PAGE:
Gary Bjarnason has dedicated more than 35 years of service to the Columbia Valley Credit Union.
When he started in 1975 he was just hoping to walk away with a radio. For his retirement from president of the credit union board, he was given a new set of golf clubs.
“When I accidentally got on the board, I had just gone to one of the meetings. They could nominate off the floor at that time. They were looking for one more director, and somebody nominated me. I was there just for the prizes,” said Bjarnason, who was hoping to win the radio the credit union had advertised.
Although very nonchalant about his beginnings with the board, Bjarnason was delighted to be giving back to the institution that had helped him so much as a young adult.
“I joined the credit union in 1957, that was to save money to go to school. And when I went to school in 1959 I had enough money for one year, so from 1960-64 I borrowed money off the credit union,” he said.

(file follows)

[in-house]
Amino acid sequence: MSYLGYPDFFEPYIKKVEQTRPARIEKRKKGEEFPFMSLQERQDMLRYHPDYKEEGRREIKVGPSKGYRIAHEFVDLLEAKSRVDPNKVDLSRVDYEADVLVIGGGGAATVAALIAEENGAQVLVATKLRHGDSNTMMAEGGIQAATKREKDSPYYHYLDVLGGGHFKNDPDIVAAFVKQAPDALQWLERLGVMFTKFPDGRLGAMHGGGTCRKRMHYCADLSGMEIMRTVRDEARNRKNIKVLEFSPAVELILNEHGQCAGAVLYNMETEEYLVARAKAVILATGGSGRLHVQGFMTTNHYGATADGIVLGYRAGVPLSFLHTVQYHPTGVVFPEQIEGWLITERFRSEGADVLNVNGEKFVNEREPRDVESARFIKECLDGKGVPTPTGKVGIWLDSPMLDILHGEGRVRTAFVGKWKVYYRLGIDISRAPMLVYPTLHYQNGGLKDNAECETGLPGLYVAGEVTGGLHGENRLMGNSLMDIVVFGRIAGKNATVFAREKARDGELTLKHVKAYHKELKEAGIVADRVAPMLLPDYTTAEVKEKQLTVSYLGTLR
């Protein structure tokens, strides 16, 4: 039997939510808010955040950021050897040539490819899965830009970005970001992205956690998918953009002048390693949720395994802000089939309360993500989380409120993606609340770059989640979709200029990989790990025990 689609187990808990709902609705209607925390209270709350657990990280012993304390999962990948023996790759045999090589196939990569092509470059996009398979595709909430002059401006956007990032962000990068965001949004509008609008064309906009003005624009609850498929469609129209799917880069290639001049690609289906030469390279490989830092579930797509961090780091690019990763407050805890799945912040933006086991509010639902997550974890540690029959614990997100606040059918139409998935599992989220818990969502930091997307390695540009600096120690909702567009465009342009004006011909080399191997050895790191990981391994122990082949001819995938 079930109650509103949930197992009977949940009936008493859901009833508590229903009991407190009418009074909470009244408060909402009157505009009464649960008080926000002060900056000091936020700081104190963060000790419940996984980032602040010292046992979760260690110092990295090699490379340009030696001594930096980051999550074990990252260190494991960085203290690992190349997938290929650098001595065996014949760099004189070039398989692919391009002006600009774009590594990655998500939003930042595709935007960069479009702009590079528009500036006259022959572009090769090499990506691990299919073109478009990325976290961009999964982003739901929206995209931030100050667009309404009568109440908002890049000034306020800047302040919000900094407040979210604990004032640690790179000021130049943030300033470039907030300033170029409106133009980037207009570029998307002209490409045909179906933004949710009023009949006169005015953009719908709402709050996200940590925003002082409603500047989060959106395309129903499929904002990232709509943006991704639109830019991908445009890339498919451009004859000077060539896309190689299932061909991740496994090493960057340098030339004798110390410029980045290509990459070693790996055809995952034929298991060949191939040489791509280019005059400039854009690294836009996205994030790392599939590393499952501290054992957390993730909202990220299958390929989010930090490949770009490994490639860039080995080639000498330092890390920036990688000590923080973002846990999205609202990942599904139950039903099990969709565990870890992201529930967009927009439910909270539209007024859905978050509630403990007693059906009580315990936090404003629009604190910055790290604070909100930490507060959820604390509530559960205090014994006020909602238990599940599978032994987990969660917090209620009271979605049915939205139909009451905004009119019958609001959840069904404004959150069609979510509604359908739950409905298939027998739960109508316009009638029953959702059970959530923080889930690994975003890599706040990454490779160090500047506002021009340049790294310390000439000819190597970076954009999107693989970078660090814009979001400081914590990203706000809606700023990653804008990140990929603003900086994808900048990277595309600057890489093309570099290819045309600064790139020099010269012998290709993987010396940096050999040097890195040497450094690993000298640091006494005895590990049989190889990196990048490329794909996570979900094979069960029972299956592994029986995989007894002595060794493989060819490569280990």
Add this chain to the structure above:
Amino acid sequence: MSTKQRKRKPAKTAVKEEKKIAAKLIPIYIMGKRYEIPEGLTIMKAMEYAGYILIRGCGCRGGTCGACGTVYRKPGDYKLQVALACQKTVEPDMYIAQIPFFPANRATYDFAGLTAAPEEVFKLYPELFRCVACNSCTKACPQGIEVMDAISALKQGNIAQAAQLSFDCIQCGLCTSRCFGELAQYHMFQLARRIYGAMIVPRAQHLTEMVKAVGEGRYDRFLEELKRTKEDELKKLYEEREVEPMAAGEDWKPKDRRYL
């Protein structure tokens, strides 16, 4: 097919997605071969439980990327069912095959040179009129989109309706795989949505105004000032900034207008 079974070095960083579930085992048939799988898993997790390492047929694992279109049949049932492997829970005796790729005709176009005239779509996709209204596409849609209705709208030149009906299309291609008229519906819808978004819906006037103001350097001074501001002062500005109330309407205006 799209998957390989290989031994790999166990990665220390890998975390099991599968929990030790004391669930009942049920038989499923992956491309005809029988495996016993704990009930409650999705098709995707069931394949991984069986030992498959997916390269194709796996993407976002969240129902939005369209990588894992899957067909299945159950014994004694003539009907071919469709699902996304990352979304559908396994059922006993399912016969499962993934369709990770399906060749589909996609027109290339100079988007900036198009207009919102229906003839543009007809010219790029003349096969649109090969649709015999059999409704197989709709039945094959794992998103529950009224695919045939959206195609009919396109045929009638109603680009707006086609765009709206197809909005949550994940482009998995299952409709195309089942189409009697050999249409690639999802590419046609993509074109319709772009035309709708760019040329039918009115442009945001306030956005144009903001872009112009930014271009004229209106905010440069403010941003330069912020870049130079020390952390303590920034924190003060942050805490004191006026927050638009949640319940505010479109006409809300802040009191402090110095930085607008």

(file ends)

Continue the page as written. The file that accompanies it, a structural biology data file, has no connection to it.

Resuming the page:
At that time he was given the number 212, because he was the 212th client. A few years later he went to the credit union again to buy his house in 1972. He borrowed a staggering $16,000.
“When I first joined, the credit union was run out of someone’s home, in the front of their house. That’s where it first started. It went from there to the deBoers’,” said Bjarnason. “At that time we weren’t even at a million dollars. We were hoping to get to a million dollar equity in the credit union at that time. We got over that million, and just kept going after that.”
Since 1975, the Columbia Valley Credit Union and its board has changed a great deal. They purchased their current property, which used to be a pizza parlour, and the board directors have taken training to give them a better understanding of the financials.
“I’d probably do it all over again. I learned so much,” said Bjarnason. “I’d recommend it to anyone, and most people are capable of learning what they need to.”
Bjarnason is retired from the board completely, but has told them he would come back to fill in if he is needed.
“The credit union is community owned, and hopefully as our liquidity rises we’ll be putting more and more money into the town, or giving it back to the people who invest,” he said.